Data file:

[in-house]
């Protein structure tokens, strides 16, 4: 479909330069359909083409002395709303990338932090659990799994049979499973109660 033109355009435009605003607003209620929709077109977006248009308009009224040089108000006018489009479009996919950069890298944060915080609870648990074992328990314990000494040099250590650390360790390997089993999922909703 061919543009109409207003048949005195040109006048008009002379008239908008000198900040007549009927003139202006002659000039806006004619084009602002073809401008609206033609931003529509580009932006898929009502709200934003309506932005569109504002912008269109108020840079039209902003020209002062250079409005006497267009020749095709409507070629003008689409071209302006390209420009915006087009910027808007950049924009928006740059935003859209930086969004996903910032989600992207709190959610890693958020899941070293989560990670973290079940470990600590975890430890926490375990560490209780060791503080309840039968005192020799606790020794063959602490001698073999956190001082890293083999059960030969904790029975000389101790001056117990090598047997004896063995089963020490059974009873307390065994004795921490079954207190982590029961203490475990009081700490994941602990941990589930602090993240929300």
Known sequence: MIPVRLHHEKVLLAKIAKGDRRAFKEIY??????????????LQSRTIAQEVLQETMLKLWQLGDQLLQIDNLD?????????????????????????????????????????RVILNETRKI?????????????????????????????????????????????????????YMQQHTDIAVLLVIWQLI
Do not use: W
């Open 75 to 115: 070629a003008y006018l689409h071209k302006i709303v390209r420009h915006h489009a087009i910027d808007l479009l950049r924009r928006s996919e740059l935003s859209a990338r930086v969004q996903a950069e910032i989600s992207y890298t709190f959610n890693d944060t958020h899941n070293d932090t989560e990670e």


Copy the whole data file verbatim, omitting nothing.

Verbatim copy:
[in-house]
């Protein structure tokens, strides 16, 4: 479909330069359909083409002395709303990338932090659990799994049979499973109660 033109355009435009605003607003209620929709077109977006248009308009009224040089108000006018489009479009996919950069890298944060915080609870648990074992328990314990000494040099250590650390360790390997089993999922909703 061919543009109409207003048949005195040109006048008009002379008239908008000198900040007549009927003139202006002659000039806006004619084009602002073809401008609206033609931003529509580009932006898929009502709200934003309506932005569109504002912008269109108020840079039209902003020209002062250079409005006497267009020749095709409507070629003008689409071209302006390209420009915006087009910027808007950049924009928006740059935003859209930086969004996903910032989600992207709190959610890693958020899941070293989560990670973290079940470990600590975890430890926490375990560490209780060791503080309840039968005192020799606790020794063959602490001698073999956190001082890293083999059960030969904790029975000389101790001056117990090598047997004896063995089963020490059974009873307390065994004795921490079954207190982590029961203490475990009081700490994941602990941990589930602090993240929300």
Known sequence: MIPVRLHHEKVLLAKIAKGDRRAFKEIY??????????????LQSRTIAQEVLQETMLKLWQLGDQLLQIDNLD?????????????????????????????????????????RVILNETRKI?????????????????????????????????????????????????????YMQQHTDIAVLLVIWQLI
Do not use: W
């Open 75 to 115: 070629a003008y006018l689409h071209k302006i709303v390209r420009h915006h489009a087009i910027d808007l479009l950049r924009r928006s996919e740059l935003s859209a990338r930086v969004q996903a950069e910032i989600s992207y890298t709190f959610n890693d944060t958020h899941n070293d932090t989560e990670e």